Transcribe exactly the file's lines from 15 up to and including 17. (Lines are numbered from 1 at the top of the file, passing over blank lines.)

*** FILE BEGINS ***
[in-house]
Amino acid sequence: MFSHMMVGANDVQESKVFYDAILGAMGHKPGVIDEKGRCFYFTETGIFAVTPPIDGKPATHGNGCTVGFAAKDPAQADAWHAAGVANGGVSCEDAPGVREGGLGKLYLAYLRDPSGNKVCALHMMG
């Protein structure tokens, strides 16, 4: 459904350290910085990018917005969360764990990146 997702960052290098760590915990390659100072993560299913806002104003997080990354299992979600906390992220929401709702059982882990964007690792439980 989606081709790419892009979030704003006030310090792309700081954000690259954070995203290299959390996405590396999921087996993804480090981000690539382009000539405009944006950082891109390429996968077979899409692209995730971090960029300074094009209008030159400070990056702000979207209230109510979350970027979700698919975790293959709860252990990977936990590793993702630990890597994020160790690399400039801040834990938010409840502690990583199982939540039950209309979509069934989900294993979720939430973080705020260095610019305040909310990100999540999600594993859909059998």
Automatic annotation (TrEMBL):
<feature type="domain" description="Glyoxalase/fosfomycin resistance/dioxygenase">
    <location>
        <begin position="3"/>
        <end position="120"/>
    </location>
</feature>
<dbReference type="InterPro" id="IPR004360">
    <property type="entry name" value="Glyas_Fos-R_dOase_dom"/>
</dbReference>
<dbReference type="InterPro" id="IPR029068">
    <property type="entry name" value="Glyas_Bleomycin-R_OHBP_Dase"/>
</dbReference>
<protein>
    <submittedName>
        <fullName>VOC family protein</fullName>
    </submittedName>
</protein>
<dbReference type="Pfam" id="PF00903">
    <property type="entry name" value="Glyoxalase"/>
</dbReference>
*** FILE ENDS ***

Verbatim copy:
    <property type="entry name" value="Glyas_Bleomycin-R_OHBP_Dase"/>
</dbReference>
<protein>